Fig. 2.

(a) Rotor part of C-TENG. (b) Stator part of C-TENG. (c) Rotor part of D-TENG. (d) Stator part of D-TENG

2.3. Design and Fabrication of Thermomagnetic Generator

As described earlier, the designed thermomagnetic engine achieved its maximum rotational speed of 114 rpm at the temperature difference of 45℃ between the hot and cold water jets. To further increase the rotational speed of the engine, a 3:1 nylon bevelled gear of 66 mm and 18 mm in diameter was connected with the rotating cylinder of the thermomagnetic engine. Subsequently, the rotor of the C-TENG was integrated with the secondary gear followed by the rotor of the D-TENG. The prototype of the operational device is shown in Fig. 3. The rotational speed of the thermomagnetic generator was tested for various temperatures after it was connected with a pair of gears and rotors of both the D-TENG and C-TENG. As explained earlier, the cold water was kept at a constant temperature of 18.5 ℃, while that of hot water was raised from 22.5℃ to 90℃ to measure the rotational speed. The maximum rotational speed of 211 rpm was measured at the temperature difference of 45℃ between the hot and cold water jets as seen in Fig. 4.

Fig. 3.

Prototype of the designed thermomagnetic engine integrated with C-TENG and D-TENG (energy harvester)

Fig. 4.

Rotational speed vs. temperature difference between cold and hot water jets


3. Results and Discussion

The operation of two different types of triboelectric nanogenerators (C-TENG, D-TENG) in a non-contact sliding mode was experimentally investigated to explore the conversion of the rotational mechanical energy into electrical energy as the waste heat from the building's HVAC systems drove the thermomagnetic engine developed in the present work by using a number of Gd blocks. The electrical energy produced from the mechanical energy is divided into two parts: 1) energy produced by the C-TENG and 2) energy produced by the D-TENG. The energy generation process of both TENGs is schematically depicted in Fig. 5, which takes place through four motion steps. In the first step (I), the fluorinated ethylene propylene (FEP) film adhered on the rotors of both the C-TENG and D-TENG are aligned with the aluminium electrodes, resulting in an equal distribution of positive and negative charges on the Al-1 electrode and FEP surfaces, respectively, due to the different polarities of the two triboelectric surfaces. In the following step, the positive charge transfers from Al-1 to Al-2 when the FEP segment moves to the middle position between two electrodes (step-II). Thus, electrons transfer from Al-2 to Al-1, leading to the output current in the external circuit.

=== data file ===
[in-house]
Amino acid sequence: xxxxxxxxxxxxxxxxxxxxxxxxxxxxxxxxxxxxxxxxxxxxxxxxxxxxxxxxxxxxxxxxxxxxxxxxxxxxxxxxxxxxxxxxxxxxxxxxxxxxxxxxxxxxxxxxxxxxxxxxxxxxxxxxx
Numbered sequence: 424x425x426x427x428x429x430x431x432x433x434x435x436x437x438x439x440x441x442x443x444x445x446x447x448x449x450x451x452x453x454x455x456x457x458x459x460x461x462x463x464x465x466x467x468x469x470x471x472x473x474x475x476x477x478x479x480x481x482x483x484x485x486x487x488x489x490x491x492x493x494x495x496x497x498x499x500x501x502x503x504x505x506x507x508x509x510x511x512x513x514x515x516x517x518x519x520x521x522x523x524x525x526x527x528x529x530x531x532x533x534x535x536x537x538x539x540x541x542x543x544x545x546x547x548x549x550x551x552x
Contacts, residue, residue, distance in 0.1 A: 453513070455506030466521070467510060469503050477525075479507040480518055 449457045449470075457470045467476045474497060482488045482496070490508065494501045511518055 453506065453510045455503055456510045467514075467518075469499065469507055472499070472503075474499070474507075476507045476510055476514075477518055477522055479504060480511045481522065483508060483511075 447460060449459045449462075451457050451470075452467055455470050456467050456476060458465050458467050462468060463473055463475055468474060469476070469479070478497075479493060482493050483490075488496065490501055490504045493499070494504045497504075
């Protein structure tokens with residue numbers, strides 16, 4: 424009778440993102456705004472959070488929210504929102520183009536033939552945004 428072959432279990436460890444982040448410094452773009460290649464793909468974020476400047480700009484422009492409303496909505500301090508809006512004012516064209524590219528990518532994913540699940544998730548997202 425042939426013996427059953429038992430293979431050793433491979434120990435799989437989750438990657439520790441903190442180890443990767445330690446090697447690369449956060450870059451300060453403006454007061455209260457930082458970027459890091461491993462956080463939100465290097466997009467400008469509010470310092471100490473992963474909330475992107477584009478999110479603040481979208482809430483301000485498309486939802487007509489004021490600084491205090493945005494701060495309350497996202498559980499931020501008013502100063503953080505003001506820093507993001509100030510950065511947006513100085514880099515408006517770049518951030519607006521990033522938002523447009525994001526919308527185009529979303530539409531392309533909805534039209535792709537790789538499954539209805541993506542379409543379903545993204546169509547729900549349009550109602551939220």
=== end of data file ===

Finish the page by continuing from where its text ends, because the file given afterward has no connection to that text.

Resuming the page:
Fig. 5.

Working mechanism of both the cylindrical and disk-shaped rotating triboelectric nanogenerators

As the FEP comes to the overlapping position of Al-2, the bulk of the electrons moves to Al-1, which results in the majority of the positive charges being left on Al-2 (step III). Finally, the FEP segment starts to move towards the adjacent Al-1 electrode. Thus, the electrons travel back from Al-1 to Al-2, generating an output current directed opposite to that of the previous step (step IV).